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Thread: Sum and product of functions convergence in measure

  1. #1
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    Sum and product of functions convergence in measure

    Suppose $\displaystyle f_n \rightarrow f$ in measure, and $\displaystyle g_n \rightarrow g $ in measure, prove that (a) $\displaystyle f_n+g_n \rightarrow f+g $ in measure and that (b) $\displaystyle f_ng_n \rightarrow fg $ in measure if $\displaystyle \mu (X) < \infty $, not if $\displaystyle \mu (X) = \infty $

    Proof so far.

    (a) I think this is pretty easy.

    I know that $\displaystyle \forall \epsilon > 0 $, we have $\displaystyle \mu ( \{ x : \mid f_n(x)-f(x) \mid \geq \epsilon ) \rightarrow 0 $ and $\displaystyle \mu ( \{ x : \mid g_n(x)-g(x) \mid \geq \epsilon ) \rightarrow 0 $.

    Now, since $\displaystyle \{ x: \mid f_n(x)+g_n(x)-f(x)-g(x) \mid \geq \epsilon \} $$\displaystyle \subset \{ x: \mid f_n(x)-f(x) \mid \geq \frac { \epsilon }{2} \} \cup \{ x: \mid g_n(x)-g(x) \mid \geq \frac { \epsilon }{2} \} $

    Question 1: Is this really right? I took this from a proof in the book, but I'm failing to fully understand why it is true.

    So it follows that $\displaystyle \mu ( \{ x: \mid f_n(x)+g_n(x)-f(x)-g(x) \mid \geq \epsilon \} ) \leq $$\displaystyle \mu ( \{ x: \mid f_n(x)-f(x) \mid \geq \frac { \epsilon }{2} \} ) + \mu ( \{ x: \mid g_n(x)-g(x) \mid \geq \frac { \epsilon }{2} \} ) \rightarrow 0$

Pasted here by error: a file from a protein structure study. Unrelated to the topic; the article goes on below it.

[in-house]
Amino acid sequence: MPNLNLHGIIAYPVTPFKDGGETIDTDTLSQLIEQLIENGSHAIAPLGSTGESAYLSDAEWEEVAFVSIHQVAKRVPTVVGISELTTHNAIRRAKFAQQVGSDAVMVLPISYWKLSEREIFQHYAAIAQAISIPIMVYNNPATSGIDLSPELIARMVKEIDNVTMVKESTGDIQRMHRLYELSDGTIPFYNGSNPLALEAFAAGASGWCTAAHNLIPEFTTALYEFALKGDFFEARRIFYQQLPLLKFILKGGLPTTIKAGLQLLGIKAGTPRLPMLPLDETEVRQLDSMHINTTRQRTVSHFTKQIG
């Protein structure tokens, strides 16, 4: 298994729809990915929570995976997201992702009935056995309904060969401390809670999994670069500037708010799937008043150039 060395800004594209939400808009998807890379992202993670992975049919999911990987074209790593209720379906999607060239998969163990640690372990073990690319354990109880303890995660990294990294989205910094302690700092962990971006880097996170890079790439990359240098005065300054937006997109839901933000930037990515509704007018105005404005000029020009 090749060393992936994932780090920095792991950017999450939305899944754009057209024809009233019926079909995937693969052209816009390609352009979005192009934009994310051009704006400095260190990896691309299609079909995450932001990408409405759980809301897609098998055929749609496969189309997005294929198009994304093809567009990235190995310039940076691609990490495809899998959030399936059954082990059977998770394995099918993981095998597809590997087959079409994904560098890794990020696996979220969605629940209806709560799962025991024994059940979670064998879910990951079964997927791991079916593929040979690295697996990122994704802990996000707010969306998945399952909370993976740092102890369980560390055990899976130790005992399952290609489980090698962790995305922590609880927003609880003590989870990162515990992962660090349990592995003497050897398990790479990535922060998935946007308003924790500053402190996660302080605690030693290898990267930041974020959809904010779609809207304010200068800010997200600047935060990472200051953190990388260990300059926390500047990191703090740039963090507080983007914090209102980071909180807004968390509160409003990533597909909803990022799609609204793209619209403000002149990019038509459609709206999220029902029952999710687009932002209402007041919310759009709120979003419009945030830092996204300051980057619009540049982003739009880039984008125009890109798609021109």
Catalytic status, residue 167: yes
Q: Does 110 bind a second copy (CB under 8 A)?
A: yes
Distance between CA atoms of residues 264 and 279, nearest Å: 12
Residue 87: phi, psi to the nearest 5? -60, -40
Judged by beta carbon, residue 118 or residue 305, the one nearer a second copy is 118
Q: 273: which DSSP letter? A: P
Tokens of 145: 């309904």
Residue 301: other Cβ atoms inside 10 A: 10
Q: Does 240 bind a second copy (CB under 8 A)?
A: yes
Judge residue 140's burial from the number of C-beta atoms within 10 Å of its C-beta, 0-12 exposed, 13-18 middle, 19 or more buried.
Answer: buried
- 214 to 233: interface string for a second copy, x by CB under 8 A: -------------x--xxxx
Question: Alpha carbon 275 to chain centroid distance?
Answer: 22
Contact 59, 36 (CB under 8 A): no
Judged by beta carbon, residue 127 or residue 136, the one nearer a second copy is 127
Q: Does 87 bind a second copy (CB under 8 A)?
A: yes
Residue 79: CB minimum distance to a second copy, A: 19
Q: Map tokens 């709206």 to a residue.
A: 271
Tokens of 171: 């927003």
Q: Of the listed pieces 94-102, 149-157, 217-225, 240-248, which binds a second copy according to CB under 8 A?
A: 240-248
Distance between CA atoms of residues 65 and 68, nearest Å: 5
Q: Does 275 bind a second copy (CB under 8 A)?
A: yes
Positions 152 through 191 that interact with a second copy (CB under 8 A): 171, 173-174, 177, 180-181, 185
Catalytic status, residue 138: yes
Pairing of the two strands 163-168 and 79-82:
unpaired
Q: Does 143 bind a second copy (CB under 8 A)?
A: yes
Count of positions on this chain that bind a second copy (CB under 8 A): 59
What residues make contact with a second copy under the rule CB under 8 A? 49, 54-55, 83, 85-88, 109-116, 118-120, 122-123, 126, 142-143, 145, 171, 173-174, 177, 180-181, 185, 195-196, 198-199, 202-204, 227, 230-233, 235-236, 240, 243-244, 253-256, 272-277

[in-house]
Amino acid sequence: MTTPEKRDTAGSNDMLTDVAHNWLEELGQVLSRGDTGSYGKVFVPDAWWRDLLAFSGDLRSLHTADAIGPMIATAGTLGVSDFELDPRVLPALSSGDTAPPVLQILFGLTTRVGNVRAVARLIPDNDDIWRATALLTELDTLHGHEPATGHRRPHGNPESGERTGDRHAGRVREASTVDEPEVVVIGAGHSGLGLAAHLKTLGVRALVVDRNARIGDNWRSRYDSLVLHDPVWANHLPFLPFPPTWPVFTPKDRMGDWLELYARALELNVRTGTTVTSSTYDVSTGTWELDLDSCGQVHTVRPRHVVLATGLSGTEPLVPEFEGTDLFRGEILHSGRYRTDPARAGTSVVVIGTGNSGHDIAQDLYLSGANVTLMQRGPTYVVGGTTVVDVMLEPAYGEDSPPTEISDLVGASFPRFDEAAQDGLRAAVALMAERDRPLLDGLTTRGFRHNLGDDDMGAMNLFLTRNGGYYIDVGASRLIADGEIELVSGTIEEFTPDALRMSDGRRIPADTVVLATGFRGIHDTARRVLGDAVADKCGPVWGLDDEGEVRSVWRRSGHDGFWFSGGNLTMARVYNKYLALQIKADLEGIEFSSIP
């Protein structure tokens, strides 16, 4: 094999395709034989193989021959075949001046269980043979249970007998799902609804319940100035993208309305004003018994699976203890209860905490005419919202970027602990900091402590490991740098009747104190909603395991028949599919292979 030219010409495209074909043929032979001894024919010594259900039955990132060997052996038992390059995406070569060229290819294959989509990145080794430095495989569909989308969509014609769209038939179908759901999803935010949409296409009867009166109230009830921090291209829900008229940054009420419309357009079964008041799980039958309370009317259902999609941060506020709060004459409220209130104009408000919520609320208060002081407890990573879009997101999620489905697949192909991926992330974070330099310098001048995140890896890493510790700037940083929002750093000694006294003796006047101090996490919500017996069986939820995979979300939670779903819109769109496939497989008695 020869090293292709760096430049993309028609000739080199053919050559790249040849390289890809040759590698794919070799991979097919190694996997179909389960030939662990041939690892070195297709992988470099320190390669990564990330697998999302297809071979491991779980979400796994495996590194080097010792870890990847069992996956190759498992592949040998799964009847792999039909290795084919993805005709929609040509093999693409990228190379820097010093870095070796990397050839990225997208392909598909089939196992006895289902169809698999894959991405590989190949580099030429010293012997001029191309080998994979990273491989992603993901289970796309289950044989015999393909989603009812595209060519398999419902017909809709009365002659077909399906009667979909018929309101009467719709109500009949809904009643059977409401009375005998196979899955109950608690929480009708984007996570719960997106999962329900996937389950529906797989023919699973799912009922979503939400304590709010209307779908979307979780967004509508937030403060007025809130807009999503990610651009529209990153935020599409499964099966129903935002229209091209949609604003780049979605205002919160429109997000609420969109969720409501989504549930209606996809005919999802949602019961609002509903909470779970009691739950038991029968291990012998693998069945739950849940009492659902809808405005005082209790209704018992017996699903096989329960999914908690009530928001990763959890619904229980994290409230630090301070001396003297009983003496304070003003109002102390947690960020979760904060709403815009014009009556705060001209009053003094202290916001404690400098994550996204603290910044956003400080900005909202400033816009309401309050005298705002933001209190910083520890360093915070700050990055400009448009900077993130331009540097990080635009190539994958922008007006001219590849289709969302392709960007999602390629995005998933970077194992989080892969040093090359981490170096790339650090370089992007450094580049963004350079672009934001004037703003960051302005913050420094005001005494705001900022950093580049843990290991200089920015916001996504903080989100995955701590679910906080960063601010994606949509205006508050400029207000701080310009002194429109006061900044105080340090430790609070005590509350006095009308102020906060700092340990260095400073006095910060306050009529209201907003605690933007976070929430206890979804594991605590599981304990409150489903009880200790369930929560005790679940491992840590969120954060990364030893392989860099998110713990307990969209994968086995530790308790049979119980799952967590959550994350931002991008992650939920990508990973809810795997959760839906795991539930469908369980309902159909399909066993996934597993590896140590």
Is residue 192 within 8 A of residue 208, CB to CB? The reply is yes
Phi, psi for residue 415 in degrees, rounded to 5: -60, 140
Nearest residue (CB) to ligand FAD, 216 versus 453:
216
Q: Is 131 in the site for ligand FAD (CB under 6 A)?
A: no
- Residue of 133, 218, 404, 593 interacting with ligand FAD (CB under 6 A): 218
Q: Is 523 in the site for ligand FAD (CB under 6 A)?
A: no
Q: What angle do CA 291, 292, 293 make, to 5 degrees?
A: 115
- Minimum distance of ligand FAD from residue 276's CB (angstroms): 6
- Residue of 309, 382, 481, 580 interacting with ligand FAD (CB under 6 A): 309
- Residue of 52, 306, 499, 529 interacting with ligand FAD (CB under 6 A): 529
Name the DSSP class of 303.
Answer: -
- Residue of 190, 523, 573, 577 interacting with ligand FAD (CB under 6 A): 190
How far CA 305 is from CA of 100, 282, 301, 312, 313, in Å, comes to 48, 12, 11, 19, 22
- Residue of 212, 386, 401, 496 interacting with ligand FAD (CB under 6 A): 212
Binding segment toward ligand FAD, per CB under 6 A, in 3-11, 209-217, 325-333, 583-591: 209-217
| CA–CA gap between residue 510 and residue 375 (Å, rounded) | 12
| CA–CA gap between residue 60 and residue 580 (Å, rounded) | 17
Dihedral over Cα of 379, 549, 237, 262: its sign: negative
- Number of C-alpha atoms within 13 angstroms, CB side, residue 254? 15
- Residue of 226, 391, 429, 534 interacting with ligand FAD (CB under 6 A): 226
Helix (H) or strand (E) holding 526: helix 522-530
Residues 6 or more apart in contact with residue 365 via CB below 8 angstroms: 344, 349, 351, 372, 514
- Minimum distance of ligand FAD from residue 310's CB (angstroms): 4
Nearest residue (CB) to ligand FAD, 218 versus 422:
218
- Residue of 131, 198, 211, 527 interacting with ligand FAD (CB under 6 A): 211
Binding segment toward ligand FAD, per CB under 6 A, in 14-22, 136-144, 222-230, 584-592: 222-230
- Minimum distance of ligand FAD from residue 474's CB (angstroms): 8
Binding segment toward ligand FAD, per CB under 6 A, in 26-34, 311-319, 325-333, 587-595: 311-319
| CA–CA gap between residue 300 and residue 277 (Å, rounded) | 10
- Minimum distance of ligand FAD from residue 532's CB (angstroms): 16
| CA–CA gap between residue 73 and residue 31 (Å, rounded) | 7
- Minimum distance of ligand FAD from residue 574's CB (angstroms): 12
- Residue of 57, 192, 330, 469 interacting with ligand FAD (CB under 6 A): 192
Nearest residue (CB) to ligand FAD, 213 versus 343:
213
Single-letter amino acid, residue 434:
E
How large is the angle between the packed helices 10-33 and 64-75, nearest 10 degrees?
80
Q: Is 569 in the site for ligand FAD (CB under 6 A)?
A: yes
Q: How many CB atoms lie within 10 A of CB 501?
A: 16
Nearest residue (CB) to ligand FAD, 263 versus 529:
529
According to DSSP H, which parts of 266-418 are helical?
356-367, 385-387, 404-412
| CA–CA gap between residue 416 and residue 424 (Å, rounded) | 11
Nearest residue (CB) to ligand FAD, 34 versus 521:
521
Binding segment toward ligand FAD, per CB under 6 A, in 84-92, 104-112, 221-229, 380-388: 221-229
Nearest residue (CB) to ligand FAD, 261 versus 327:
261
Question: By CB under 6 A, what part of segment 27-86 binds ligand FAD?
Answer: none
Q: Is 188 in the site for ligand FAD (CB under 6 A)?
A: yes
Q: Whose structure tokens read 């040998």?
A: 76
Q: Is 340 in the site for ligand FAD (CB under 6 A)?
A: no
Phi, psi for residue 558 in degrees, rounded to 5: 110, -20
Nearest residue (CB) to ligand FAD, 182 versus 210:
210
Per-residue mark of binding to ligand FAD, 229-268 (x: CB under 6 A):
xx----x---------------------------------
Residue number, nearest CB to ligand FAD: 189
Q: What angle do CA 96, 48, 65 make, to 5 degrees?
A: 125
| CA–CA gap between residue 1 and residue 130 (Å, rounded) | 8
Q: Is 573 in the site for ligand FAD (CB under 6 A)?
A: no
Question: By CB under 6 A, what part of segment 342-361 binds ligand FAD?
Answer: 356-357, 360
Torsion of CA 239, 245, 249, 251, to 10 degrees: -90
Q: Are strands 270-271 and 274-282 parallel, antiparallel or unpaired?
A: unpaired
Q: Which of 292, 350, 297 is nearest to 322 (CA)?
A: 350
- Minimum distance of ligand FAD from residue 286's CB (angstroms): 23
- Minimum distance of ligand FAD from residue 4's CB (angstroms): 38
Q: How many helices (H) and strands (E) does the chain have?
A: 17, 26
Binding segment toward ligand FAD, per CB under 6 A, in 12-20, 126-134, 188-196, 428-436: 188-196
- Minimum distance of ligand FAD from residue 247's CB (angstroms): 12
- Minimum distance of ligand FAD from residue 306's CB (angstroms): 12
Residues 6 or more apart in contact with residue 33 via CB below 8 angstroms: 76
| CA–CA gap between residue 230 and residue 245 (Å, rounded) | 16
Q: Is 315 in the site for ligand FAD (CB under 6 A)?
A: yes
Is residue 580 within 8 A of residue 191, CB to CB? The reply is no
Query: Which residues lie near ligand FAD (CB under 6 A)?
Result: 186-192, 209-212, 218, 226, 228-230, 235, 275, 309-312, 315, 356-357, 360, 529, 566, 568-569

Therefore proved (a). Is this right?

    For (b), I know that I need to show that:

    $\displaystyle \mu ( \{ x: \mid f_ng_n(x)-fg(x) \mid \geq \epsilon \} ) \rightarrow 0 $

    But umm... a bit stuck here, how should I incorporate the fact that $\displaystyle \mu (X) < \infty $?

    Thank you!
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  2. #2
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    Quote Originally Posted by tttcomrader View Post
    Suppose $\displaystyle f_n \rightarrow f$ in measure, and $\displaystyle g_n \rightarrow g $ in measure, prove that (a) $\displaystyle f_n+g_n \rightarrow f+g $ in measure and that (b) $\displaystyle f_ng_n \rightarrow fg $ in measure if $\displaystyle \mu (X) < \infty $, not if $\displaystyle \mu (X) = \infty $

    Proof so far.

    (a) I think this is pretty easy.

    I know that $\displaystyle \forall \epsilon > 0 $, we have $\displaystyle \mu ( \{ x : \mid f_n(x)-f(x) \mid \geq \epsilon ) \rightarrow 0 $ and $\displaystyle \mu ( \{ x : \mid g_n(x)-g(x) \mid \geq \epsilon ) \rightarrow 0 $.

    Now, since $\displaystyle \{ x: \mid f_n(x)+g_n(x)-f(x)-g(x) \mid \geq \epsilon \} $$\displaystyle \subset \{ x: \mid f_n(x)-f(x) \mid \geq \frac { \epsilon }{2} \} \cup \{ x: \mid g_n(x)-g(x) \mid \geq \frac { \epsilon }{2} \} $

    Question 1: Is this really right? I took this from a proof in the book, but I'm failing to fully understand why it is true.

    So it follows that $\displaystyle \mu ( \{ x: \mid f_n(x)+g_n(x)-f(x)-g(x) \mid \geq \epsilon \} ) \leq $$\displaystyle \mu ( \{ x: \mid f_n(x)-f(x) \mid \geq \frac { \epsilon }{2} \} ) + \mu ( \{ x: \mid g_n(x)-g(x) \mid \geq \frac { \epsilon }{2} \} ) \rightarrow 0$

    Therefore proved (a). Is this right?

    For (b), I know that I need to show that:

    $\displaystyle \mu ( \{ x: \mid f_ng_n(x)-fg(x) \mid \geq \epsilon \} ) \rightarrow 0 $

    But umm... a bit stuck here, how should I incorporate the fact that $\displaystyle \mu (X) < \infty $?

    Thank you!

    $\displaystyle \left|f_n(x)g_n(x)-f(x)g(x)\right|=\left|f_n(x)g_n(x)-f_n(x)g(x)+f_n(x)g(x)-f(x)g(x)\right|\leq$ $\displaystyle \left|f_n(x)\right|\left|g_n(x)-g(x)\right|+\left|f_n(x)-f(x)\right|\left|g(x)\right|$

    But $\displaystyle \mu(\{x\,:\,|f(x)|\geq \epsilon\})\leq \mu (X)<\infty\,\,\,\forall\,\,measurable\,\,function\ ,\,f(x)$...

    Tonio
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  3. #3
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    hi, im trying to do this proof too.
    Can you explain how to go from here?
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